Remote workers are very commonplace these days.
In fact, some companies operate entirely with virtual teams.
Technology has allowed us to collaborate in new ways from conference calls, to video chat, to online webinars.
It is not uncommon to have a meeting with participants in 3 or 4 timezones.
But, what happens when this is taken too far?
I was recently in a meeting where participants in the same building were all called into a conference line separately.
Was this team really engaged if they couldn’t make the effort to get together in person?
Calling It In
Just the other day I was on a conference call when someone who is normally in the room said something on the conference line.
My ears perked up, as I thought this person was absent.
I asked, “Where is Mary?”
One of the other attendees said, “Oh, she is at her desk. Said she had others things she had to work on.”
Apparently, she did.
Do you think that remote participants in the same building are actually engaged?
Have you ever called on someone on a conference call and it takes them a full 30 seconds to respond? Then you get the standard, “Oh, I was stuck on mute!”
Are you really working if you “call it in?”
I believe in remote teams and think that most companies could be more virtual.
However, when you are in person, be in the meeting.
When you are in the same location, it does not makes sense to “phone it in.”
The benefits of meeting in person far outweigh any side work that might get done.
What local workers are really saying when they “phone it in,” is that they are not going to participate. That they have other things they are going to work on.
If you have other things to do, then by all means practice the “Right to Decline.” Otherwise, attend and give your full participation to the meeting.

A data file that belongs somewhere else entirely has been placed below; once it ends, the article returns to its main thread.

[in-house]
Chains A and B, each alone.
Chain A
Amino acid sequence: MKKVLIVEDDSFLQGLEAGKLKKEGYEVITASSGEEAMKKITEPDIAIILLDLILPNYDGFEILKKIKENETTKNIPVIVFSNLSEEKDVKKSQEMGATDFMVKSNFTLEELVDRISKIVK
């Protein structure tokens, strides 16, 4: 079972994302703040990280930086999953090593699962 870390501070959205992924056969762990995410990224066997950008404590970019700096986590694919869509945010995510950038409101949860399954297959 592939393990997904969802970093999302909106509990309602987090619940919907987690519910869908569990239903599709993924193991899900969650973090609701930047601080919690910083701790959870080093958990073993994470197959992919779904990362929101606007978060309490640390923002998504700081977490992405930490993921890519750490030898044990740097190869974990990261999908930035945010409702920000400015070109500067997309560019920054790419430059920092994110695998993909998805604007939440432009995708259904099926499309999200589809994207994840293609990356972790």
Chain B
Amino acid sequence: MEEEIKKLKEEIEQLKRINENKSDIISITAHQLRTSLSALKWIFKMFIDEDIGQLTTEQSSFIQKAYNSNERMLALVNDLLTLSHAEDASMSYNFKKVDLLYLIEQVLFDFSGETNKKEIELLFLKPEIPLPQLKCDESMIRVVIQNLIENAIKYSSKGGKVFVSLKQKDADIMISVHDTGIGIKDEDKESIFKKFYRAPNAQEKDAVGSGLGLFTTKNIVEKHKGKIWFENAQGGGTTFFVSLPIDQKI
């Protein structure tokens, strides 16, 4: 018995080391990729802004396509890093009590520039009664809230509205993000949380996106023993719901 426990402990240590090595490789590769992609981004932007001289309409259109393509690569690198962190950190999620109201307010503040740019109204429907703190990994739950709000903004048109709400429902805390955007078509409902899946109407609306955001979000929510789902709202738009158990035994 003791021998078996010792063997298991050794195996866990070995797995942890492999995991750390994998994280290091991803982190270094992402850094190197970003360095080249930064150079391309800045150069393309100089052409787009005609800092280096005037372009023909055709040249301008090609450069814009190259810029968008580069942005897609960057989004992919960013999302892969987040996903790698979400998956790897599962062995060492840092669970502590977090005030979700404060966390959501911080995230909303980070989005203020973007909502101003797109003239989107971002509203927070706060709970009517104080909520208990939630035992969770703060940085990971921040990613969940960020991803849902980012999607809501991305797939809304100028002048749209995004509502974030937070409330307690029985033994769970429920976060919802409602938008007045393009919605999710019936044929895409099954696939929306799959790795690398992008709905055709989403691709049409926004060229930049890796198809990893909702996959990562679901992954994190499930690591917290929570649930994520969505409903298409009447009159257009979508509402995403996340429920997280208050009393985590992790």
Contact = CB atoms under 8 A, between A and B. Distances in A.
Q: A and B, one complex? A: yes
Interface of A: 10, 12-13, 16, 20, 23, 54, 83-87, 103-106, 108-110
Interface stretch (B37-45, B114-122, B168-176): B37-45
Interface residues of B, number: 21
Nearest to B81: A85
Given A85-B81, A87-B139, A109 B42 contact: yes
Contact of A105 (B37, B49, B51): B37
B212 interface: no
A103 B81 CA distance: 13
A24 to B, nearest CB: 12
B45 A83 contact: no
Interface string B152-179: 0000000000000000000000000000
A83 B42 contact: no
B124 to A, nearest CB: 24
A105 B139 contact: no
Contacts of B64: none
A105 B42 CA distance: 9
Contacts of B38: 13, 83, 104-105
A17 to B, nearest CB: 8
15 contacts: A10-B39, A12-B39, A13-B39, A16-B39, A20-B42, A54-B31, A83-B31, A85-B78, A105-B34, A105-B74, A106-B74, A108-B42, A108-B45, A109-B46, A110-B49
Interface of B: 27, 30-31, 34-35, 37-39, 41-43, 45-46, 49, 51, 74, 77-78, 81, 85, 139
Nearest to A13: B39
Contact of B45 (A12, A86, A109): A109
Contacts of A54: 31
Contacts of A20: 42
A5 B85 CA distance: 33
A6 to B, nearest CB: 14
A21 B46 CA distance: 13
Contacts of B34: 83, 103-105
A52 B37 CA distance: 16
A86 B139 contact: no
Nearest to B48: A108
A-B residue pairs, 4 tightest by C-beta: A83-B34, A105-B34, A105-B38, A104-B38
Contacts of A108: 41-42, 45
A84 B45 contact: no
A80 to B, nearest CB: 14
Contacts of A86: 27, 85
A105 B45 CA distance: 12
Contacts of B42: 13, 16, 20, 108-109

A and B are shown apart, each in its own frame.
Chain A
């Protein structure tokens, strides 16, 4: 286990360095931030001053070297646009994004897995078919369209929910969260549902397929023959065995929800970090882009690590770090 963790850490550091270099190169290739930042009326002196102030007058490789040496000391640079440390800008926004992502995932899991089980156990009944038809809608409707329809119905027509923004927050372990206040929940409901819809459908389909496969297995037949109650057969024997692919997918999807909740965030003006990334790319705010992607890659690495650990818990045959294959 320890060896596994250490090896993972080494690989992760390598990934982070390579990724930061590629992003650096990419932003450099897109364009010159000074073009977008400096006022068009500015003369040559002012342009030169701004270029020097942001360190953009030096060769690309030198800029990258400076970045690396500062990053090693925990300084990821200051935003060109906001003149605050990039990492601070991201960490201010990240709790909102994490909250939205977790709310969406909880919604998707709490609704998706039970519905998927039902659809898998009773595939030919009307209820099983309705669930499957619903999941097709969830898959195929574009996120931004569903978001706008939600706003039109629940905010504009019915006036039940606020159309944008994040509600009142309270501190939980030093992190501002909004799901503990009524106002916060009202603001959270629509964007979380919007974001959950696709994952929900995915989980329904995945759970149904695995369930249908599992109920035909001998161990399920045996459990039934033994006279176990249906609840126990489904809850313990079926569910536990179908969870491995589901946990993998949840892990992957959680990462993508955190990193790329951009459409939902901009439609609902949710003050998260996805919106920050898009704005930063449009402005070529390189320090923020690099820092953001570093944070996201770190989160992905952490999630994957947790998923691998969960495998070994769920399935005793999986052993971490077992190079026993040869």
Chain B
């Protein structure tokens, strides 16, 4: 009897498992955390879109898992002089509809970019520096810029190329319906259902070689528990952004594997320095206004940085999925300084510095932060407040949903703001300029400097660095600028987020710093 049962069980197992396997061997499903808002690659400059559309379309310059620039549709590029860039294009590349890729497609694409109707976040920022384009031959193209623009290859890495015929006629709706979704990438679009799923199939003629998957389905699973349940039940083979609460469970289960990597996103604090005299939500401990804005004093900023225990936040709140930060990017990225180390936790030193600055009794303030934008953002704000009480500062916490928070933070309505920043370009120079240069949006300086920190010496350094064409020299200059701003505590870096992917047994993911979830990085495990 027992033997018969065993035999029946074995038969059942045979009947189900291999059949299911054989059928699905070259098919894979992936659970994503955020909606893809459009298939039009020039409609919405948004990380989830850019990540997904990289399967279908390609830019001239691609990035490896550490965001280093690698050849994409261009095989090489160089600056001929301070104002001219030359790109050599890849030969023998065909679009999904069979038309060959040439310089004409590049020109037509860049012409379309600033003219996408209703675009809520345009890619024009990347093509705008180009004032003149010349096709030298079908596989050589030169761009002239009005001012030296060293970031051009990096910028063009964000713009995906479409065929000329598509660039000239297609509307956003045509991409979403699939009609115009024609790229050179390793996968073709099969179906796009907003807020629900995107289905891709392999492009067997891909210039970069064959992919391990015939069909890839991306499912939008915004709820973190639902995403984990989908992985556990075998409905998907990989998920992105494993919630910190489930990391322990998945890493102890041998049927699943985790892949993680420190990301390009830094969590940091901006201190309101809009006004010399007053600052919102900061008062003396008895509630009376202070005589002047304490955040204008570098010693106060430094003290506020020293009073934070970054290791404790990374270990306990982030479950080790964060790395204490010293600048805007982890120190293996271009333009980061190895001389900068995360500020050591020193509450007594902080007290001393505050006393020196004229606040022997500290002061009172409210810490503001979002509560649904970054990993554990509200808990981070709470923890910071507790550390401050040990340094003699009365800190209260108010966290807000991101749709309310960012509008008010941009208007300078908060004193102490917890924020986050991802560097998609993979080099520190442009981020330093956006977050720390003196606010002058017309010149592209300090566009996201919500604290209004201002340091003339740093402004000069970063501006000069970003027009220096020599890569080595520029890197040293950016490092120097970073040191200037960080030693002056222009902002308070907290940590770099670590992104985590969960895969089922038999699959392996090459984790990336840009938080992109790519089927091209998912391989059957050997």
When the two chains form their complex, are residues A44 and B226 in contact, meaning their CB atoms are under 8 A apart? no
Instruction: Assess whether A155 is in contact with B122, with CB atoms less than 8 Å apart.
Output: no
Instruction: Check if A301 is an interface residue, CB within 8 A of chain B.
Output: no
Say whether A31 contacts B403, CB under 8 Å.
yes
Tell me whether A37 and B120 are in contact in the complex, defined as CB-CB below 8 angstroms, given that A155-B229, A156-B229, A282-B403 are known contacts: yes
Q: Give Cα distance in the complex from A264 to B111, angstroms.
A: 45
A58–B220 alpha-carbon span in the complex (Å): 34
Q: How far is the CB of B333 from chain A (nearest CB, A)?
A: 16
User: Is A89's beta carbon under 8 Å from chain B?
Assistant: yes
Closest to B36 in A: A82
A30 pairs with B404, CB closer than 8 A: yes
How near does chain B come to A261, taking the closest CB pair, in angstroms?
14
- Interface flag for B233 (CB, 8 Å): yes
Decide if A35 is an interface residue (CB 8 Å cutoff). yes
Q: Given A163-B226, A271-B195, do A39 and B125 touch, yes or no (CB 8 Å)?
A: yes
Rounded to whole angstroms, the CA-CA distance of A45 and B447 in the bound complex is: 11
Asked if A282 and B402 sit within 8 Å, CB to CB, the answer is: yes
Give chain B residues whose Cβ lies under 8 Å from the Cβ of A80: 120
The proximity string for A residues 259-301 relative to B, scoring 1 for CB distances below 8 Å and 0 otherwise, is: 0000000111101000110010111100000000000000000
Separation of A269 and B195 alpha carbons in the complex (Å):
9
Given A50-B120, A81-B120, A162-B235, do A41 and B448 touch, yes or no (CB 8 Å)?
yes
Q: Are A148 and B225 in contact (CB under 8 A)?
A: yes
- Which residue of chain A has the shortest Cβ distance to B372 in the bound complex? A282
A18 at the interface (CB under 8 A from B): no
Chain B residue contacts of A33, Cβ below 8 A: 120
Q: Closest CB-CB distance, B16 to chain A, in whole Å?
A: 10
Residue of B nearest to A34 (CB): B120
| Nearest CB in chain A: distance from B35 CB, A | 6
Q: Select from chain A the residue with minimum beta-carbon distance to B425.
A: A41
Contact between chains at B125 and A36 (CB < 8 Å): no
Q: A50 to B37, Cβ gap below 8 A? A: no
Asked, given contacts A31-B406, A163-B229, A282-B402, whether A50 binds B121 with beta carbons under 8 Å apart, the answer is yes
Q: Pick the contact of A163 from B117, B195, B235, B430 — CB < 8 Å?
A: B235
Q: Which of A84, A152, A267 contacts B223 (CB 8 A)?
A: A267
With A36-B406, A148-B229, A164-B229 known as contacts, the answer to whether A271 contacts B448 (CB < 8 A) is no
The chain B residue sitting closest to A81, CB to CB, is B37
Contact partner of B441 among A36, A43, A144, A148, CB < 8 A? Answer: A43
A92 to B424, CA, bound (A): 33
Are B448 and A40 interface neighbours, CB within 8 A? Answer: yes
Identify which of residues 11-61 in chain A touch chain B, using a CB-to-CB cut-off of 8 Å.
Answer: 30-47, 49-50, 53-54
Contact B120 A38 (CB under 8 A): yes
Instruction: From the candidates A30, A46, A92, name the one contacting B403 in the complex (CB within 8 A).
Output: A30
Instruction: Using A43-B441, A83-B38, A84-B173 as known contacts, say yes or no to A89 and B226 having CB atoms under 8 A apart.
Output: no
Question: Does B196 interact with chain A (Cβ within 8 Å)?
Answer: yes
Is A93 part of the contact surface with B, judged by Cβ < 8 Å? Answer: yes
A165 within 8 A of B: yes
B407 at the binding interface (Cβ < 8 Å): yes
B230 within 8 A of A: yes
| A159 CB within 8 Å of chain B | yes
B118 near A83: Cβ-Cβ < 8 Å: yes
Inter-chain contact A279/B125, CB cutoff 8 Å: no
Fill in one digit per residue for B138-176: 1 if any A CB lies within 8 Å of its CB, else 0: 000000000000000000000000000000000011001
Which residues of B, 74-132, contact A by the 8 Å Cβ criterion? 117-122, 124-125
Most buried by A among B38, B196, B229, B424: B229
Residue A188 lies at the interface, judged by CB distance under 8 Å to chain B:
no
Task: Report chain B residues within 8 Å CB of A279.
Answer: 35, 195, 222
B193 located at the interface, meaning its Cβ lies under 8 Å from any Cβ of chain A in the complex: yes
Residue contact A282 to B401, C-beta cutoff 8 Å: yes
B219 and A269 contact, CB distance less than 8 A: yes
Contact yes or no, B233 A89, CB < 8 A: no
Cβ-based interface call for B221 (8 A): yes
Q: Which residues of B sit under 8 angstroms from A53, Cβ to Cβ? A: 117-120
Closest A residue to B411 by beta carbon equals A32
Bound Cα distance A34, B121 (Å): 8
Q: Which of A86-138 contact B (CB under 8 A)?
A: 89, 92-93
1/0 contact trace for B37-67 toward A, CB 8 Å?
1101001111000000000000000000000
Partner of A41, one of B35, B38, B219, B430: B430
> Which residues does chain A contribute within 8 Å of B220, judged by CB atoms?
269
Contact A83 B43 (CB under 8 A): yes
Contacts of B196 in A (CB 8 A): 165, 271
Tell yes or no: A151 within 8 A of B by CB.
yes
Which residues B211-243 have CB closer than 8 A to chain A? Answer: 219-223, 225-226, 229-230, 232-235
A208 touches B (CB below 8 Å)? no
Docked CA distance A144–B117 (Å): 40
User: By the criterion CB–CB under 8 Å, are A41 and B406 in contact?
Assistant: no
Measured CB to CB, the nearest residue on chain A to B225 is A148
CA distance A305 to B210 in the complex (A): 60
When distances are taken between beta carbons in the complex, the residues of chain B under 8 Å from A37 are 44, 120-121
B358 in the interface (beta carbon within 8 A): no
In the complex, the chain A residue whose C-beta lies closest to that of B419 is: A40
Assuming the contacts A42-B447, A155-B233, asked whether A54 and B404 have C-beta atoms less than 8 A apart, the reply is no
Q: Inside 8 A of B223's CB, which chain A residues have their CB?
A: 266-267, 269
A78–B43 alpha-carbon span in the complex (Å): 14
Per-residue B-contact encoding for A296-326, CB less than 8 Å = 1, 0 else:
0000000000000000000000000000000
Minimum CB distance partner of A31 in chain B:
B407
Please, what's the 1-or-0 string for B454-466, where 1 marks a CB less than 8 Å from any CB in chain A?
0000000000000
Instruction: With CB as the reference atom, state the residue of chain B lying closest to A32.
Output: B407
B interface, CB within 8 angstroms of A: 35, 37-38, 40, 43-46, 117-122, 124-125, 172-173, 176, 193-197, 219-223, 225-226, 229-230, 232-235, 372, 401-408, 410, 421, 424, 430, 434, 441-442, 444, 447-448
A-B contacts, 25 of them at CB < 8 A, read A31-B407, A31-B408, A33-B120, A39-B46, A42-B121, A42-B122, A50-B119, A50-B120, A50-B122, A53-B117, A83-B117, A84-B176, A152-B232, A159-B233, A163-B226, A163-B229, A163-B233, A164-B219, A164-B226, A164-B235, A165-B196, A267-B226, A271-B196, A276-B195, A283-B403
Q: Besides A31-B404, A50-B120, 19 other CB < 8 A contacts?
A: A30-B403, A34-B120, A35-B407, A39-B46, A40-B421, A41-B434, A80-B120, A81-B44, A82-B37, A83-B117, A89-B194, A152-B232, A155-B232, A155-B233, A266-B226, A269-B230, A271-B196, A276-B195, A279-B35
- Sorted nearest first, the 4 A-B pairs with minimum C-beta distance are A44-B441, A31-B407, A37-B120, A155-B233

To get the most out of you phone meetings, here are a few of my favorite phone rules:
- No Conference Calls in the Building – If you are in the same office location, it is unacceptable to dial-in to a conference meeting. Go to the meeting.
- No Other Work – You are either in the meeting or not. This goes for local and remote participants. You shouldn’t be working in the meeting, nor should you be doing other things outside the meeting. Ever have a remote attendee that is running errands or doing something that everyone else on the call can hear?
- Reach Out and Touch Someone – As the old ad slogan says, “Reach out and touch someone.” Whenever possible, go see the person you need to talk to. This is similar to #1, but refers to people who call down the hall instead of walking down the hall to talk to someone.
- Silence Those Cell Phones – All cell phones should be silent during a meeting. If you really want to get picky, vibrate is not silent. Anyone who has had to listen to a conference table hum can attest to this.
- Minimize Distractions – Even better than silencing phones, it to ban technology altogether from your meeting. Try holding a “Paper Meeting” where participants can only bring a notebook and pen. No phones, iPads, laptops, etc.
Don’t Phone It In
Technology is a great enabler.
I use it all the time to connect with people in other countries and on the other side of the globe.
It is very powerful when used in productive ways.
However, when it is abused it can be a huge productivity waster.
So, take a look at your actions, are you calling it in from down the hall?
Because if you are, I am going to wonder what else in your life you are “phoning in.”
What are you best examples of people use technology to “phone it in?”